The Importance of Owning Your Data and Online Presence

The Importance of Owning Your Data and Online Presence
What would it mean to your music career if Facebook suddenly shut down? Do you have another streaming platform available if SoundCloud decided to close your account? Would your fans be able to find you elsewhere on the web?

Those types of questions can produce a ton of anxiety for musicians. In the last year, we’ve been reminded more than a few times of the importance of owning your data and online presence. In early 2016, Facebook significantly changed its algorithm for displaying content on pages. This required page owners to spend money in order to share posted content with their audience. Musicians who worked for years to grow a Facebook following lost their point of contact with fans seemingly overnight. In mid 2016, it changed again. Again in late 2016. And well into 2017, Facebook is still constantly tweaking the formula to combat fake news and other content issues.

This kind of volatility is not exclusive to Facebook.

In the last year alone, SoundCloud has reported major losses, major rebounds , and more losses. Many musicians wonder if the service will survive 2017.

Rdio fizzled out, Vine closed its doors, Google+ never found its groove, MySpace had a good run, and Twitter is in trouble. While Bandcamp and Mixcloud appear to be in decent shape, time will tell if they face similar outcomes.


What does this all mean?

Utilizing social media platforms comes with a large number of tradeoffs. In addition to the question of how long the platform will stay alive, you’re also expected to sign off on the Terms of Service. When you create a profile on a hosted platform like Facebook, MySpace, SoundCloud, or Instagram, you must agree to the terms of service before you can open the account. I’ll be honest. At best, I skim the text. I assume it includes legal speak about how any content I create on these platforms can be removed at any time. Several musicians and DJs found out about this the hard way. In 2015, SoundCloud made headlines for suspending tons of user accounts, even when they contained all original music.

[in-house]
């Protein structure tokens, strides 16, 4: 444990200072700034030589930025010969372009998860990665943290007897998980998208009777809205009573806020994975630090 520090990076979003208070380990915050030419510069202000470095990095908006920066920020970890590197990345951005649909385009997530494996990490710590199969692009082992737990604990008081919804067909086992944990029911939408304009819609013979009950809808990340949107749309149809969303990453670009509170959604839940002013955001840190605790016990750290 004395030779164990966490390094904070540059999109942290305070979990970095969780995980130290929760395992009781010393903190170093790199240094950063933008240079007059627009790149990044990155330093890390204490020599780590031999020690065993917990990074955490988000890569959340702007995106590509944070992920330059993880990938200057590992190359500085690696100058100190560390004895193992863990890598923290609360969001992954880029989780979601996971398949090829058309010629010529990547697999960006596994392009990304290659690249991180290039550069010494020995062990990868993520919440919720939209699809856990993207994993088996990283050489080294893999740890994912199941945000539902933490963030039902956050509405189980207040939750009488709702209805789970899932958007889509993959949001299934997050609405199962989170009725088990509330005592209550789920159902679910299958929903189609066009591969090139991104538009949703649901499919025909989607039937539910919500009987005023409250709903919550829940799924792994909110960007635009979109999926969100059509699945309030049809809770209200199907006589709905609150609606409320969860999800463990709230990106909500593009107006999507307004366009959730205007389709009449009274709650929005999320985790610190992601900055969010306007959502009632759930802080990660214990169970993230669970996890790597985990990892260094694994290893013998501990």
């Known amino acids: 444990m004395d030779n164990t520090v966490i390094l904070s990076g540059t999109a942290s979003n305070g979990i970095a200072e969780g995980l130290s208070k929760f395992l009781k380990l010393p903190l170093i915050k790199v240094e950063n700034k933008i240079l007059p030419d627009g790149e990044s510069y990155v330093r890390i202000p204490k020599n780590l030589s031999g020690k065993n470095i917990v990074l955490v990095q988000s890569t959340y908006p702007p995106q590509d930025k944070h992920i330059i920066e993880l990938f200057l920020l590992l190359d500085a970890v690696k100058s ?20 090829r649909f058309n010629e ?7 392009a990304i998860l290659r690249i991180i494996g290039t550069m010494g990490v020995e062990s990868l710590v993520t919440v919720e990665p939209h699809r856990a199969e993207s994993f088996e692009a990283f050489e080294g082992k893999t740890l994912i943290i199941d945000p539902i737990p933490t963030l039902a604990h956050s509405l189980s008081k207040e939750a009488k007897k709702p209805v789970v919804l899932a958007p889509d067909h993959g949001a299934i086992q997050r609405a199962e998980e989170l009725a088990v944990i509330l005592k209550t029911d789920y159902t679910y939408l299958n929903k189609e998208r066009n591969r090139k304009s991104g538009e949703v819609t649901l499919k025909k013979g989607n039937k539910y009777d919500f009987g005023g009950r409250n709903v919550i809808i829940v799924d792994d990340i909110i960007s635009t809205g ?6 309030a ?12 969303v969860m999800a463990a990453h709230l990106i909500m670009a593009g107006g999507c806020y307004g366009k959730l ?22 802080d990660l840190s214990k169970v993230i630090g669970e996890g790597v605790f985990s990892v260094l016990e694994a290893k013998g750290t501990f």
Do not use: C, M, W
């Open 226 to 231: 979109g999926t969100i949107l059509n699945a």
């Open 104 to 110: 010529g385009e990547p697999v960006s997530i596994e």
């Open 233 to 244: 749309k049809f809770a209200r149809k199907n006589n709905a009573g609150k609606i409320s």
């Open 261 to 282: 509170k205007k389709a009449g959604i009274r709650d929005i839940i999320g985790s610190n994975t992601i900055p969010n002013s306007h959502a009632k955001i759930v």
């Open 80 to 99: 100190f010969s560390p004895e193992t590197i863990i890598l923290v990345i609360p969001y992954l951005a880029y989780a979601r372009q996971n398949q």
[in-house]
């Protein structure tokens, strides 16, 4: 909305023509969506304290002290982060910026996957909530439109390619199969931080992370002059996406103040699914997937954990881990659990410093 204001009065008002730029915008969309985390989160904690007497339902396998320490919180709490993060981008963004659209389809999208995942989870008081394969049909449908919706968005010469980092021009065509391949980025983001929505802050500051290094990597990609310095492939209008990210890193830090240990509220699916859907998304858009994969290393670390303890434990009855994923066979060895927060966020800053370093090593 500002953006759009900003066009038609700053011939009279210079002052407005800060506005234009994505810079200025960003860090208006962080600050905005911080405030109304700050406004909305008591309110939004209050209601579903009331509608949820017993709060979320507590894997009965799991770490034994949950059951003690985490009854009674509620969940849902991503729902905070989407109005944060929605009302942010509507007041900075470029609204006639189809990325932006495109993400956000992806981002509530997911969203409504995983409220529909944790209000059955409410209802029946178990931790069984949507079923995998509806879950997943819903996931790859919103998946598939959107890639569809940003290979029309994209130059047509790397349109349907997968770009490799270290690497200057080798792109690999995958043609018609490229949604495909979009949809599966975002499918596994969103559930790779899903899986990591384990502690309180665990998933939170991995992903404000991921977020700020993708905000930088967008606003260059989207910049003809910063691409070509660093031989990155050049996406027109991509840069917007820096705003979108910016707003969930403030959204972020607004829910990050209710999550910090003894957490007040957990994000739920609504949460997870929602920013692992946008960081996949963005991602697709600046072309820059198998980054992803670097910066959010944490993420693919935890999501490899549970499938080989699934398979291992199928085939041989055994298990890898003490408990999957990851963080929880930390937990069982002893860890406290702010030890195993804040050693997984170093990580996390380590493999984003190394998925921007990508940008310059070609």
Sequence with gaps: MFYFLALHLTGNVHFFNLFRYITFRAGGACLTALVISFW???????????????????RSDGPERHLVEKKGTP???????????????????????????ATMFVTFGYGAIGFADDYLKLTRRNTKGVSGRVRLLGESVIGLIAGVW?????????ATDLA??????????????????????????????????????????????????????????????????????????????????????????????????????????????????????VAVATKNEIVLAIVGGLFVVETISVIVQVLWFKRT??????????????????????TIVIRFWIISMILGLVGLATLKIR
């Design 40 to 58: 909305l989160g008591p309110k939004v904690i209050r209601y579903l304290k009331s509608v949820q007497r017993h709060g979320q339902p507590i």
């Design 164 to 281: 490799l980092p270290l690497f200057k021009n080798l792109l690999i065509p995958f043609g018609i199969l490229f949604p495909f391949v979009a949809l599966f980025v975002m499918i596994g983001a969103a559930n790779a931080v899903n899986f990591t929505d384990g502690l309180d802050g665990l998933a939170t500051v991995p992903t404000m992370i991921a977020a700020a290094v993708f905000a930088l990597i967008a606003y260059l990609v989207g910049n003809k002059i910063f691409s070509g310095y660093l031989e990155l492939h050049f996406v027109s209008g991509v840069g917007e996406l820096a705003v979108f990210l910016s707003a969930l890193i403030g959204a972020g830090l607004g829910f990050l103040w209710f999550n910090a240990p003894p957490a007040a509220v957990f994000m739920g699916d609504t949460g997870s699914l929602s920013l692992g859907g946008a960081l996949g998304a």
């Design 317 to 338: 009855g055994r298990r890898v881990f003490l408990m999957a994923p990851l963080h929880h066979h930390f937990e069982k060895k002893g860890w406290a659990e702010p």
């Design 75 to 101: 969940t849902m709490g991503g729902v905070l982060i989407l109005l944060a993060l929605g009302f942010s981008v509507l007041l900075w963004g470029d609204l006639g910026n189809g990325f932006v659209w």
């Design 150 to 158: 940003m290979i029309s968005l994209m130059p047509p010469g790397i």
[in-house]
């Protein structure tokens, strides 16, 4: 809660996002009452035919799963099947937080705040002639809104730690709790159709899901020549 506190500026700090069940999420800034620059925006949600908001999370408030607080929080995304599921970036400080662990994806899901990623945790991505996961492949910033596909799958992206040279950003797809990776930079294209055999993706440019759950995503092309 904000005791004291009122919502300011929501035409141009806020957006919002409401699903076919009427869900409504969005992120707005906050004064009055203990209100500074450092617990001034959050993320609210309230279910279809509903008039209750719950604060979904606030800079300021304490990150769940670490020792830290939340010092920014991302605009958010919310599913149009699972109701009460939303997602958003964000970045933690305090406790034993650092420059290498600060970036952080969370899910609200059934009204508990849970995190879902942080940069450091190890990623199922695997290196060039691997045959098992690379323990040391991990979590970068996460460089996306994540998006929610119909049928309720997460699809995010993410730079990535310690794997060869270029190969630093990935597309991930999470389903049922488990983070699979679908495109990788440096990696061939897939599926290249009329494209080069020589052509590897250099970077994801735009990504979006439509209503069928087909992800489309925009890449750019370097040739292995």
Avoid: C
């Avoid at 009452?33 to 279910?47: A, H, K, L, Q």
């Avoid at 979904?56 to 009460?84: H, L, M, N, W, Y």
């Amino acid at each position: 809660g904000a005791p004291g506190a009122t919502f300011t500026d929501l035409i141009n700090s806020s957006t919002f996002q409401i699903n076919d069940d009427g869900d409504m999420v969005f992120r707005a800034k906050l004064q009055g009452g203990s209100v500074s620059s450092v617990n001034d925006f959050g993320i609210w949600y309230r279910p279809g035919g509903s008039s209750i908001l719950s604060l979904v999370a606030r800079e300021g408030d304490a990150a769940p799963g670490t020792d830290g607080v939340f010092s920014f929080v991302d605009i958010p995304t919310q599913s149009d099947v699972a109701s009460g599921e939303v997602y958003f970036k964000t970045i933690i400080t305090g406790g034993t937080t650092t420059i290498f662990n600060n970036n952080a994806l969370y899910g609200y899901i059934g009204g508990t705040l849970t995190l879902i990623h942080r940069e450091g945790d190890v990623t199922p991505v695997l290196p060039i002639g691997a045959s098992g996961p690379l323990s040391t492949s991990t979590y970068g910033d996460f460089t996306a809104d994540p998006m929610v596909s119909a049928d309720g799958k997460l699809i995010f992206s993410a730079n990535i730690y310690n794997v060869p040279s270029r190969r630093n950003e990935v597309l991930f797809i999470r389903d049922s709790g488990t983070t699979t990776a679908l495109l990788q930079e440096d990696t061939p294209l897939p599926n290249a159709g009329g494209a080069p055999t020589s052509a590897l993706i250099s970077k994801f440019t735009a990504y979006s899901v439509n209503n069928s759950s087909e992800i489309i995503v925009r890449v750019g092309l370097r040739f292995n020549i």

It doesn’t stop there. A lawyer in the UK translated Instagram’s terms of service into easy to understand language as part of a government task force aimed at helping teenagers understand the implications of using Social Media. The full link is here, but the gist of it is pretty much that Instagram (and we can assume other social medias) can do practically anything they want, and users can’t do anything about it, except choose to leave the service.

If you look hard enough, you can find similar statements in nearly every platforms’s Terms of Use:


Also, Instagram reserves the right to remove any Content from the Service for any reason, without prior notice. Content removed from the Service may continue to be stored by Instagram, including, without limitation, in order to comply with certain legal obligations, but may not be retrievable without a valid court order.


If you violate the letter or spirit of this Statement, or otherwise create risk or possible legal exposure for us, we can stop providing all or part of Facebook to you. We will notify you by email or at the next time you attempt to access your account. You may also delete your account or disable your application at any time. In all such cases, this Statement shall terminate, but the following provisions will still apply: 2.2, 2.4, 3-5, 9.3, and 14-18.


Notwithstanding the fact that SoundCloud has no legal obligation to monitor the content on the Platform, SoundCloud reserves the right to block, remove or delete any content at any time, and to limit or restrict access to any content, for any reason and without liability


Company may terminate your access to all or any part of the Service at any time, with or without cause, with or without notice, effective immediately, which may result in the forfeiture and destruction of all information associated with your membership, including, without limitation, any access to any Music you may have purchased through the Service.

Even if you’re the one who decides to leave a platform, these types of services make it very difficult to take your data with you. Most content is in a format that is specific to each site, and cannot be easily migrated to another platform.

Are websites any different?

While the futures of online platforms are questionable, the internet as a whole is a pretty stable facet of our culture. That’s why it’s safe to assume that your website will be a reliable, valuable asset for many years to come. That is, if it’s created properly.